Richard Torchia, a curator and artist, is director of Arcadia University Art Gallery, where he has organized solo exhibitions for Ai Weiwei, Francis Cape, Tacita Dean, Olafur Eliasson, William Larson and Kay Rosen, and many others. In addition to ongoing publishing and writing projects, Torchia has maintained an artistic practice employing the camera obscura as a means to develop site-specific installations. Recent exhibitions include projects at Evergreen House (Johns Hopkins University), Slought Foundation (Philadelphia), and Wave Hill (Bronx, New York), and the Center for Discovery, Harris, New York. His work is included in the permanent collection of the Philadelphia Museum of Art and the library of the Museum of Modern Art, New York. Marquee, a permanent public work realized in collaboration with Greenhouse Media (Aaron Igler and Matt Suib), opened in the fall of 2011.
Each time he visited the Museum of American Glass at WheatonArts, he was moved by a certain disdain for the glut of precious objects on display there. “The sheer mass of mostly small, fragile objects arouses in me an uncanny desire to smash things.” In some way, the project he envisions harnesses this “bull-in-a-china shop” impulse against decorative trinkets made of glass and attempts to transform it into a productive impulse.
For Emanation 2019, he will produce a large-scale kaleidoscope using samples of the glass shards (cullet) currently being stored in the 20-gallon barrels behind the glass studio. Small pieces of colored glass have traditionally been the “subjects” of these optical toys. Recognizing the bounty of Wheaton’s cullet as a material resource for such a device, it is his aspiration to place these glass fragments into a slowly turning drum-like vessel that will gradually “grind” the shards into a smaller and smaller pieces. He hopes to transform the cullet into a kind of glass “sand” and expand the kaleidoscope into a Rube Goldberg-like contraption that will allow viewers to watch this process of destruction and transformation in detail.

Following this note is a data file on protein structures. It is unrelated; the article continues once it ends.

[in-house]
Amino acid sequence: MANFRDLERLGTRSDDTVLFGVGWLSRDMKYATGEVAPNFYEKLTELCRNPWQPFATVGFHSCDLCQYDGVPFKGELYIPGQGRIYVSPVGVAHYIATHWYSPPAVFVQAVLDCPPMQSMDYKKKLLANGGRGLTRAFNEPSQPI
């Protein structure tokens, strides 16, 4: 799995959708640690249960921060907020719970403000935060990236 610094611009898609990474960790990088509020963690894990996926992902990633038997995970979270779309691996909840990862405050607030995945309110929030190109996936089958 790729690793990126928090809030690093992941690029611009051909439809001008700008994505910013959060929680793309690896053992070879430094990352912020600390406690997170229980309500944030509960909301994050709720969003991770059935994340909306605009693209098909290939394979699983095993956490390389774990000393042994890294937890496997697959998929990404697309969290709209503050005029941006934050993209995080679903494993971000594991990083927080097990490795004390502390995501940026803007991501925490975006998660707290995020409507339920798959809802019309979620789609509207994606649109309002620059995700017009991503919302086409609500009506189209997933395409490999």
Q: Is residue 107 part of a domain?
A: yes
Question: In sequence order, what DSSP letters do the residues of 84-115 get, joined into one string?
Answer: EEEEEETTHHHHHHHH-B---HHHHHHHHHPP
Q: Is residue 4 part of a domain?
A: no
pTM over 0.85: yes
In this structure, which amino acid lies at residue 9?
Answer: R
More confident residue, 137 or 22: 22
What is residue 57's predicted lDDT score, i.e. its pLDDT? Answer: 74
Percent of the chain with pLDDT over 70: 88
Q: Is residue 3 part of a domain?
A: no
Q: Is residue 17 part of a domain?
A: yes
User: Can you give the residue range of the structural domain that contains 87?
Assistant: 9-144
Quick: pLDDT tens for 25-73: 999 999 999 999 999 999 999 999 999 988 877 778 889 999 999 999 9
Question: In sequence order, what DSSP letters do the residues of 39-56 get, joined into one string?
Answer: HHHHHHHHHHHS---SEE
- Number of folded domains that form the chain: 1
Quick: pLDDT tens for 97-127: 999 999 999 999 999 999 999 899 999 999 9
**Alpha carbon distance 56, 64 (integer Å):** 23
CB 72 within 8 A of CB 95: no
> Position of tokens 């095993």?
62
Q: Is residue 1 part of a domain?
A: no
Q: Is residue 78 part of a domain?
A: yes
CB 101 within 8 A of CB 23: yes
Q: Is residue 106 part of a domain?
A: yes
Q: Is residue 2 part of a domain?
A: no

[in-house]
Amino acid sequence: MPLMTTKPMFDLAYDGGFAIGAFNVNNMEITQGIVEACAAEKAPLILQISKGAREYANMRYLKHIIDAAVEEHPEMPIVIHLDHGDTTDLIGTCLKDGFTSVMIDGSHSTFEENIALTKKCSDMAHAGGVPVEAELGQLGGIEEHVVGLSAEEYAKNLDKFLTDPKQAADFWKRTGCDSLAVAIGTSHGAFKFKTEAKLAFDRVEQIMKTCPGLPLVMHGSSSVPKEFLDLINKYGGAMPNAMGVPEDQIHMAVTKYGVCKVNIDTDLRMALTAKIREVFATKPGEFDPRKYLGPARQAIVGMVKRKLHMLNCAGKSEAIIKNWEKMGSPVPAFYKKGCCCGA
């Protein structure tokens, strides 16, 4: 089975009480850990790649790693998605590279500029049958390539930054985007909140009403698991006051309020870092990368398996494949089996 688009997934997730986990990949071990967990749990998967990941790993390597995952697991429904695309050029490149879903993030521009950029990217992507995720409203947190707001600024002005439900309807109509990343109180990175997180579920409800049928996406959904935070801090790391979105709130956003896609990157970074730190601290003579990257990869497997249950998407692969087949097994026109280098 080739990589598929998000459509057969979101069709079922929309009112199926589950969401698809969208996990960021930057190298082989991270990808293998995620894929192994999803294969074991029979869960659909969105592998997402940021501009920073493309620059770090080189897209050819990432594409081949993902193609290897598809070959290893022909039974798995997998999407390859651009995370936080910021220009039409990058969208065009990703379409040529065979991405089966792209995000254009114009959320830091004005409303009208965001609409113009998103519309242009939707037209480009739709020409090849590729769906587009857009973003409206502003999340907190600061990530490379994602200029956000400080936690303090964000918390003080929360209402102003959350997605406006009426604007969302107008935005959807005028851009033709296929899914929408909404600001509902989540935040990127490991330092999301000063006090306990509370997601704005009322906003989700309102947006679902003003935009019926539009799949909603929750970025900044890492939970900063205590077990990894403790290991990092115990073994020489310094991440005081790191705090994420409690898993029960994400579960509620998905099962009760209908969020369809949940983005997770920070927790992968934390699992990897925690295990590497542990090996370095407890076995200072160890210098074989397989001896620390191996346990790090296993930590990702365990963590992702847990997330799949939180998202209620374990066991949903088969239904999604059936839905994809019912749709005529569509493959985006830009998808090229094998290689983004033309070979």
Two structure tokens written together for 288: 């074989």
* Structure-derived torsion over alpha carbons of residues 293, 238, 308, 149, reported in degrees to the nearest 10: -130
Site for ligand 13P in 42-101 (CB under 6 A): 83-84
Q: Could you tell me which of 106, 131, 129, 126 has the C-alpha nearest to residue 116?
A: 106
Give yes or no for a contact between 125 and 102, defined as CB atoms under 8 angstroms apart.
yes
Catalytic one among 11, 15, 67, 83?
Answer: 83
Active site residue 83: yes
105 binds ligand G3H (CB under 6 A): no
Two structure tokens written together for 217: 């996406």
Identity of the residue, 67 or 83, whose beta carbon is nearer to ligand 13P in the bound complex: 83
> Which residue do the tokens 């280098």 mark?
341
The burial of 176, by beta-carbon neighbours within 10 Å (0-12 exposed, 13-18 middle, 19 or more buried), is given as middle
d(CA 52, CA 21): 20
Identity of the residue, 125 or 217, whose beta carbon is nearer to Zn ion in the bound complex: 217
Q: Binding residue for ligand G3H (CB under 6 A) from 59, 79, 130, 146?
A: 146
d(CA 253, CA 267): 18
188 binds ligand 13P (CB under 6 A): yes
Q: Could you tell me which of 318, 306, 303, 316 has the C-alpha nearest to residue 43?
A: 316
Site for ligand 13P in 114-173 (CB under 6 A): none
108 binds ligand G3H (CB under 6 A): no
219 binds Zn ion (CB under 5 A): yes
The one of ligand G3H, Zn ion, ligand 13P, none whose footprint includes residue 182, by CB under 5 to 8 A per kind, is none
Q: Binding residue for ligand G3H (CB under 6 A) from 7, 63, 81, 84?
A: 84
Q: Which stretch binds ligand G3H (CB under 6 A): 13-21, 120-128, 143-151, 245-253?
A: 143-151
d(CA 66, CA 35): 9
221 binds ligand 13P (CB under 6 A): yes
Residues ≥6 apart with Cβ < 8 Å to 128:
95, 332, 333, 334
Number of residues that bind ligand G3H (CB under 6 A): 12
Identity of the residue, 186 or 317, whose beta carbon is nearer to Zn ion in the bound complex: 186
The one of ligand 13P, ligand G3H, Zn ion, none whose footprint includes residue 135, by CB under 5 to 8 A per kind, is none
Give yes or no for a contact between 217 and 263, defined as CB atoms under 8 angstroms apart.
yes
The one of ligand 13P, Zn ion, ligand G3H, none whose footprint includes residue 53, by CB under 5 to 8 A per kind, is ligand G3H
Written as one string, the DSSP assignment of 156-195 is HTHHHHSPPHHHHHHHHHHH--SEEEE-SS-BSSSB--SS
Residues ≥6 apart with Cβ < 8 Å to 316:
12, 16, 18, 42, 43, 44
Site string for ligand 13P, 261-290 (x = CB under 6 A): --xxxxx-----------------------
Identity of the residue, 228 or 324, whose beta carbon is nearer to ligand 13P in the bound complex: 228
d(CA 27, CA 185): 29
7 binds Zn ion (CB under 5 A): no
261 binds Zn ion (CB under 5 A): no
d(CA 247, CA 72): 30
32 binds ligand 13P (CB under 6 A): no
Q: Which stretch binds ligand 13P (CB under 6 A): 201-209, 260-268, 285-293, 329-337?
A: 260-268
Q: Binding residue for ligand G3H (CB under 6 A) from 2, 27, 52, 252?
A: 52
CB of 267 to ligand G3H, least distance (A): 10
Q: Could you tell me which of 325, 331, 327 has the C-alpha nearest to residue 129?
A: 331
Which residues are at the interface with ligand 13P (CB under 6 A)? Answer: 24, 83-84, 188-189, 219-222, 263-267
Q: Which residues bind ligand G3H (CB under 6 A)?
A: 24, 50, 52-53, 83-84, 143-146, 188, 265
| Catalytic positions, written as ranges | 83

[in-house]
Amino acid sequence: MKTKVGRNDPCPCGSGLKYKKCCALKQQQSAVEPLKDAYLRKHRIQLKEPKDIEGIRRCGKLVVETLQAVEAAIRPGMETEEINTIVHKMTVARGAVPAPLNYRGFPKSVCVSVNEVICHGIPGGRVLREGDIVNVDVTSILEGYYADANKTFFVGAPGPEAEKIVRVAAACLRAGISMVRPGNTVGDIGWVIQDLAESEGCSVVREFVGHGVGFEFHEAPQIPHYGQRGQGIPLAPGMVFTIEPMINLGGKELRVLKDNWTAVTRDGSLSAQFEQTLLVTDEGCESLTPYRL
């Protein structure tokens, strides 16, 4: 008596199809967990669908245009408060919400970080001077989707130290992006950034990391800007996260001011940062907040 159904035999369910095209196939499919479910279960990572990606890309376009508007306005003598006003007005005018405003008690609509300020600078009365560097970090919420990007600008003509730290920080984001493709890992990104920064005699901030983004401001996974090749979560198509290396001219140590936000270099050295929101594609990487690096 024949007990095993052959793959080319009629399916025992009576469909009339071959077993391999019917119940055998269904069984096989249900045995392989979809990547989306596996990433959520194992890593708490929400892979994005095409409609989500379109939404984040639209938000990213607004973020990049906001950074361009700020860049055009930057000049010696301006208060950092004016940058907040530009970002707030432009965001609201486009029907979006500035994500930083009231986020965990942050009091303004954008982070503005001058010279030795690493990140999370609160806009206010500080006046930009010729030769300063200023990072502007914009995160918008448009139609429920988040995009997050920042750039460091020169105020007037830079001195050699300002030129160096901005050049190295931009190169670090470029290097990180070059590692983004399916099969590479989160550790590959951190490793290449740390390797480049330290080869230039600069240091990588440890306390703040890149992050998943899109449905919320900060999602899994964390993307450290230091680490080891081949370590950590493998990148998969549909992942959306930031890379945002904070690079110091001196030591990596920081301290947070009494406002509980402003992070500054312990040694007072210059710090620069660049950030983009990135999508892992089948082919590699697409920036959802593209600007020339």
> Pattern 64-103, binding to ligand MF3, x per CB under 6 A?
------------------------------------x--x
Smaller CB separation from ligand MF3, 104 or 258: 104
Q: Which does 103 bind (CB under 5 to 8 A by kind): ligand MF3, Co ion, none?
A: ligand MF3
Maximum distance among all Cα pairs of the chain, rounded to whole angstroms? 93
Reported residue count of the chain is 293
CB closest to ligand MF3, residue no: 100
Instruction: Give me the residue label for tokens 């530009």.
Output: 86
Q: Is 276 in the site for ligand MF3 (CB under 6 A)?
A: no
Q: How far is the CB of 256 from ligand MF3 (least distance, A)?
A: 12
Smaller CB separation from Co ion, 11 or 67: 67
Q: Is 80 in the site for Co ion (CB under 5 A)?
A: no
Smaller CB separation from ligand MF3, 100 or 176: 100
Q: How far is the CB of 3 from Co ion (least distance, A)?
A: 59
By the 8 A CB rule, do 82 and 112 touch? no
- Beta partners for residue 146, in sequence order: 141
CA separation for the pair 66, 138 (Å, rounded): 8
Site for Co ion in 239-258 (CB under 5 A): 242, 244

Using lenses to project the kaleidoscope images (produced with three facing mirrors) onto the walls of a darkened room. People could also peer into the turning drum through tubes lined with angled mirrors.
Torchia’s intention to question the easily produced visual pleasure generated by kaleidoscopes, and perhaps reframe it as a kind of “disposable” beauty, an attribute with which the devices have always been associated, along with the act of seeing itself. (Quoting Wikipedia: “The word kaleidoscope is derived from the Ancient Greek καλός (kilos), “beautiful, beauty”, [“that which is seen: form, shape”] and σκοπέω (skopeō) [“to look to, to examine”] hence “observation of beautiful forms.”) In response to this etymology, he will admit to enjoying the bad pun on the word “collide” that this project could suggest.
~Julie Courtney, Curator